Marketing project management is a methodology used to keep marketing campaigns on track and stakeholders informed throughout the project lifecycle. It provides clarity among teams, keeps your projects within scope, and helps team members meet customer needs. In this piece, we’ll discuss the challenges of marketing campaigns and explain how marketing project management can help you succeed.
Marketing initiatives can be crucial to your business plan because they give you the chance to tell your brand story and send leads down the sales funnel. Without effective marketing, you may struggle to bring in revenue and secure loyal customers. A focused marketing plan ensures that your message resonates with your audience so you can walk away from every campaign feeling proud of the work your team put in.
Marketing project management is a methodology used to keep marketing campaigns on track and stakeholders informed throughout the project lifecycle. It provides clarity among teams, keeps your projects within scope, and helps you meet customer needs.
To manage marketing projects, you’ll start with the same project management principles that other teams and industries use. But marketing project management differs from the traditional project management approach in a few ways, which we’ll cover below.
The five project management phases are:
In marketing project management, you’ll add a marketing strategy phase where you’ll gather market research and data and use your findings to set your project plan in motion.Try Asana for marketing teams
Marketing project management is important because how you manage a project impacts everyone involved with the marketing campaign. When you use the right methodology, others will follow your lead and reap the benefits of your strong leadership.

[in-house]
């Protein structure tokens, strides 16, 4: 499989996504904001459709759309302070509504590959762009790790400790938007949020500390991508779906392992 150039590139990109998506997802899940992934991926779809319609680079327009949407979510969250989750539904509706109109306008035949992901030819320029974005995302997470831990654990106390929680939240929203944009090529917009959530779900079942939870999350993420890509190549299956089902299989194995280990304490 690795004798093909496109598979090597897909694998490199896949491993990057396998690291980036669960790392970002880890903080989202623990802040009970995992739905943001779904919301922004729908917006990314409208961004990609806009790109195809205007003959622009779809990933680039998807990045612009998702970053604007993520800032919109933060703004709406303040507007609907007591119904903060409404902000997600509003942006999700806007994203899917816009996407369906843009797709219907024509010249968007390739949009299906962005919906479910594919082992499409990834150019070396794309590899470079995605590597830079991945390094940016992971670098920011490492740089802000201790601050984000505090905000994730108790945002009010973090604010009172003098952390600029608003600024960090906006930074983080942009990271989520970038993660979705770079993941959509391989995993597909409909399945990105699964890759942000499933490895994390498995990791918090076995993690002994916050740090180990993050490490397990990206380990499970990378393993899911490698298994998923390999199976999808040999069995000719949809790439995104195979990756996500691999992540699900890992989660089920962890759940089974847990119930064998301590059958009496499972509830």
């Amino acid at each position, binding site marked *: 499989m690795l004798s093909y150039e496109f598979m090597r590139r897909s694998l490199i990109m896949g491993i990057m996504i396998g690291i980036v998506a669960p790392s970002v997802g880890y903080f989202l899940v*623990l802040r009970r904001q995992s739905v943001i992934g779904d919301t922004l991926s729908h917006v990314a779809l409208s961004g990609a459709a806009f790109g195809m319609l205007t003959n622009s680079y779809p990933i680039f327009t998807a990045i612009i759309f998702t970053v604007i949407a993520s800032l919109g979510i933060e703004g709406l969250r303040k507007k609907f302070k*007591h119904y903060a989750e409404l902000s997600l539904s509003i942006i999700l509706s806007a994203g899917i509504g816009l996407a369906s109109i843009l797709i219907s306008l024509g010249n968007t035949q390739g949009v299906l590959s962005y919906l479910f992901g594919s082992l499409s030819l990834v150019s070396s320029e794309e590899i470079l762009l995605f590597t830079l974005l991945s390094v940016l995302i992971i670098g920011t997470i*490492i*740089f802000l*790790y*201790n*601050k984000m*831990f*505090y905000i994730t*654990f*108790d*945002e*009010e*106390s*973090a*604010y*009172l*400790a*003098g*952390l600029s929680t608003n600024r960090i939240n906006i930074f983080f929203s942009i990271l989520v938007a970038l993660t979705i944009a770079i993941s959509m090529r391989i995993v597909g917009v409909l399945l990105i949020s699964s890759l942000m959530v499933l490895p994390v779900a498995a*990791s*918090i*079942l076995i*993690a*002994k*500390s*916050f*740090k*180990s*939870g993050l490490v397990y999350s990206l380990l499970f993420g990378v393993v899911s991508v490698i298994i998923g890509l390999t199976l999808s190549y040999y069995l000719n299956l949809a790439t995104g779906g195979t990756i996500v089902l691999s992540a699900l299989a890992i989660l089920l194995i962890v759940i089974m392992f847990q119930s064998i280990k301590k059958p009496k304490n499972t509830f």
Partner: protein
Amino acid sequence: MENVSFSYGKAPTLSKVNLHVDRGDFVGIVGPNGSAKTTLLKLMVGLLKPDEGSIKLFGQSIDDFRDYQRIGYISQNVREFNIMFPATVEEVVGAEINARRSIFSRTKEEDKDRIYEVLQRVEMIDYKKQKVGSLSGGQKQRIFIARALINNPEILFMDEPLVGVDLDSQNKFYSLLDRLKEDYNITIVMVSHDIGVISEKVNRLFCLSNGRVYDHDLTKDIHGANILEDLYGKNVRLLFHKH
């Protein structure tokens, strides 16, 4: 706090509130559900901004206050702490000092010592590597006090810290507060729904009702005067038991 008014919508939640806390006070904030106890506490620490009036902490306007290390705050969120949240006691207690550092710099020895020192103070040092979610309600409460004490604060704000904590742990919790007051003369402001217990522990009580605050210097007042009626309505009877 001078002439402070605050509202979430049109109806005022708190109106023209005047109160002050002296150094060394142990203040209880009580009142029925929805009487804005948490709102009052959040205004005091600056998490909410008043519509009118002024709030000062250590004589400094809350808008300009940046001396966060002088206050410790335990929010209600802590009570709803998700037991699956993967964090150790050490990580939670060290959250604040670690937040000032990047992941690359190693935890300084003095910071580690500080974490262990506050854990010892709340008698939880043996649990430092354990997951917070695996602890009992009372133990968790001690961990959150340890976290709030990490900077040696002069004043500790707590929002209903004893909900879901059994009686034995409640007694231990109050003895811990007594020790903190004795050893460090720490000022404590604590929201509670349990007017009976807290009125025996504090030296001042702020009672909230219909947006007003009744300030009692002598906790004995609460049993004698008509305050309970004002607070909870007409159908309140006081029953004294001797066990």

Picture yourself at the center of the project. As the circle expands, more people get involved in the project. Once you realize you’re only the first person in the project life cycle, it’s easier to see why project management is so important.
It takes a village to manage a marketing project. The three most important stakeholder groups are:
The marketing project manager: As the leader and facilitator of marketing campaigns, you’re at the center of everything that happens during a marketing project. This includes things like project timeline delays, email marketing troubleshooting, and KPI monitoring.
Internal stakeholders: Internal stakeholders are team members within your organization who have a stake in your project. These people may include executives, sales representatives, creatives, or technicians. How you manage your marketing campaign affects internal stakeholders. They’re often either involved with the marketing campaign, impacted by the campaign’s deliverables, or informed about your overall goals.
External stakeholders: External stakeholders are people outside of your organization who have a stake in your project. These people may include vendors, end users, clients, or investors. You’ll need project management skills to keep external stakeholders informed and satisfied with your project deliverables.
The marketing project management methodology has 10 key steps. While your marketing agency may tackle complex projects in niche areas like SEO or social media, you can use these steps as a general framework for most marketing campaigns.
You can divide the 10 steps below into five project phases. These five phases resemble the traditional project management phases, but they also include additional marketing strategies to ensure you’re setting yourself—and your marketing project—up for success.Read: What is marketing operations? 4 steps to creating a marketing operation strategy
The goal of the objectives and analysis phase of marketing project management is to focus on planning your marketing campaign. This involves defining the project’s end goals and outlining success metrics.